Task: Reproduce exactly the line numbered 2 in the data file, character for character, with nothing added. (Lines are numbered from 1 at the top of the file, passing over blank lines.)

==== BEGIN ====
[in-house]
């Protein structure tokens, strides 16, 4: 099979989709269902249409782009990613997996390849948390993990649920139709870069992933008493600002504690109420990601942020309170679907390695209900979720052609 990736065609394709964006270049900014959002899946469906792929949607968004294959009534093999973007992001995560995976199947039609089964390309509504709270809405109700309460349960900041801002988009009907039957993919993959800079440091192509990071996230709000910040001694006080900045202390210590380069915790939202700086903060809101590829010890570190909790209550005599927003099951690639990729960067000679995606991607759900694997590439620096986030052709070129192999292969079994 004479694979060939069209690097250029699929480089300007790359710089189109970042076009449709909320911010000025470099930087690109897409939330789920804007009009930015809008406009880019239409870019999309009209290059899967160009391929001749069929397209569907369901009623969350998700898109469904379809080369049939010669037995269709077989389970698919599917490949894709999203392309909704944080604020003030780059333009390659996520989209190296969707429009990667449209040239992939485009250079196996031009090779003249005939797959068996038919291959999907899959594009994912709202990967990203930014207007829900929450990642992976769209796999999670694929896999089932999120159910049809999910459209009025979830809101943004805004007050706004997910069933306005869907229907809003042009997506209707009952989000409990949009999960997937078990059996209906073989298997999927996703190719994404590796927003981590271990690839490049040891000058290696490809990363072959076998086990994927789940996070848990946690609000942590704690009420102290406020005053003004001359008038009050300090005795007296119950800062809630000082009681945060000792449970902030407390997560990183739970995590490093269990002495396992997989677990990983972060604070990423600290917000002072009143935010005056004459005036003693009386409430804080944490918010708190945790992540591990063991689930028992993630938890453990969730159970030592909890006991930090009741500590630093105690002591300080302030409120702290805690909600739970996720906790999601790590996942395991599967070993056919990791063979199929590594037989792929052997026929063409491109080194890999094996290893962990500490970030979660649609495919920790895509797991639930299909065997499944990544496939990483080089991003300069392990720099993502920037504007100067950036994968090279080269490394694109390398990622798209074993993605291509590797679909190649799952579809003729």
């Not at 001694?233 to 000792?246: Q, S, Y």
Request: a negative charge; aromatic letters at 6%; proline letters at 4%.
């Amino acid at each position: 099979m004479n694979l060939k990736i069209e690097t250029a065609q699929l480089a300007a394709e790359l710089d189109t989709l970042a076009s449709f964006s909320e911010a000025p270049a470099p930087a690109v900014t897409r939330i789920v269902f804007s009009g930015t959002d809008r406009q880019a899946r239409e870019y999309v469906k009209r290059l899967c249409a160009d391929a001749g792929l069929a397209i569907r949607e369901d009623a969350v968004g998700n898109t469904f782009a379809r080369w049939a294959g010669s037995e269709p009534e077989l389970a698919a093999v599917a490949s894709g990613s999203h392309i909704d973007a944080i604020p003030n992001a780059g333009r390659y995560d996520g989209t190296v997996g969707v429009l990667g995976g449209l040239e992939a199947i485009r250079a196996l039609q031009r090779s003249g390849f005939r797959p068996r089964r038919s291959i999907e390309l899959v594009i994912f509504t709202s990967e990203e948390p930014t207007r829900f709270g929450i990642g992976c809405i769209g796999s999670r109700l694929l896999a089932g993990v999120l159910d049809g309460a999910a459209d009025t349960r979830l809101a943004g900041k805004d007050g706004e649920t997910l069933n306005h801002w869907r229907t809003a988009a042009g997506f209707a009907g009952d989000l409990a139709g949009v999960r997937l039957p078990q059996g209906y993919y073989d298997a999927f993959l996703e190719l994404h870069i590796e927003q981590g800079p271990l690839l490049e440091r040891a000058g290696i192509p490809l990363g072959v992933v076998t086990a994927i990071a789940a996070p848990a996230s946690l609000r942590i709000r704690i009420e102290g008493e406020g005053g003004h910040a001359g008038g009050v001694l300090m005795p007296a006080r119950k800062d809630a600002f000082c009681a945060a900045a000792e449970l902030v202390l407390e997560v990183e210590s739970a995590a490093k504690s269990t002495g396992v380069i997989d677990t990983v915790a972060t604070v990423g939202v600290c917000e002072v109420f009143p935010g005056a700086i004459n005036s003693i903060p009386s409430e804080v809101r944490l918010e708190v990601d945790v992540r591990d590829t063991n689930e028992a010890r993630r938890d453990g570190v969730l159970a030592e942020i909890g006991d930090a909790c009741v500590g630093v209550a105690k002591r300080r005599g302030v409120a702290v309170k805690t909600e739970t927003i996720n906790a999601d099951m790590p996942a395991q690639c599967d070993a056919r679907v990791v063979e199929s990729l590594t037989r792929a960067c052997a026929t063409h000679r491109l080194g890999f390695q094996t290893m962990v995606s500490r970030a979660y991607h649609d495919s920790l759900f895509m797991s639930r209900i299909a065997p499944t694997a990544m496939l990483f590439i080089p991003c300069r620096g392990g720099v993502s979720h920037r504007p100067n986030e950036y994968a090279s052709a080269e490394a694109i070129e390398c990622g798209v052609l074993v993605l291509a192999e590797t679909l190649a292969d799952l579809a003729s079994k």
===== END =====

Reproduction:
């Protein structure tokens, strides 16, 4: 099979989709269902249409782009990613997996390849948390993990649920139709870069992933008493600002504690109420990601942020309170679907390695209900979720052609 990736065609394709964006270049900014959002899946469906792929949607968004294959009534093999973007992001995560995976199947039609089964390309509504709270809405109700309460349960900041801002988009009907039957993919993959800079440091192509990071996230709000910040001694006080900045202390210590380069915790939202700086903060809101590829010890570190909790209550005599927003099951690639990729960067000679995606991607759900694997590439620096986030052709070129192999292969079994 004479694979060939069209690097250029699929480089300007790359710089189109970042076009449709909320911010000025470099930087690109897409939330789920804007009009930015809008406009880019239409870019999309009209290059899967160009391929001749069929397209569907369901009623969350998700898109469904379809080369049939010669037995269709077989389970698919599917490949894709999203392309909704944080604020003030780059333009390659996520989209190296969707429009990667449209040239992939485009250079196996031009090779003249005939797959068996038919291959999907899959594009994912709202990967990203930014207007829900929450990642992976769209796999999670694929896999089932999120159910049809999910459209009025979830809101943004805004007050706004997910069933306005869907229907809003042009997506209707009952989000409990949009999960997937078990059996209906073989298997999927996703190719994404590796927003981590271990690839490049040891000058290696490809990363072959076998086990994927789940996070848990946690609000942590704690009420102290406020005053003004001359008038009050300090005795007296119950800062809630000082009681945060000792449970902030407390997560990183739970995590490093269990002495396992997989677990990983972060604070990423600290917000002072009143935010005056004459005036003693009386409430804080944490918010708190945790992540591990063991689930028992993630938890453990969730159970030592909890006991930090009741500590630093105690002591300080302030409120702290805690909600739970996720906790999601790590996942395991599967070993056919990791063979199929590594037989792929052997026929063409491109080194890999094996290893962990500490970030979660649609495919920790895509797991639930299909065997499944990544496939990483080089991003300069392990720099993502920037504007100067950036994968090279080269490394694109390398990622798209074993993605291509590797679909190649799952579809003729």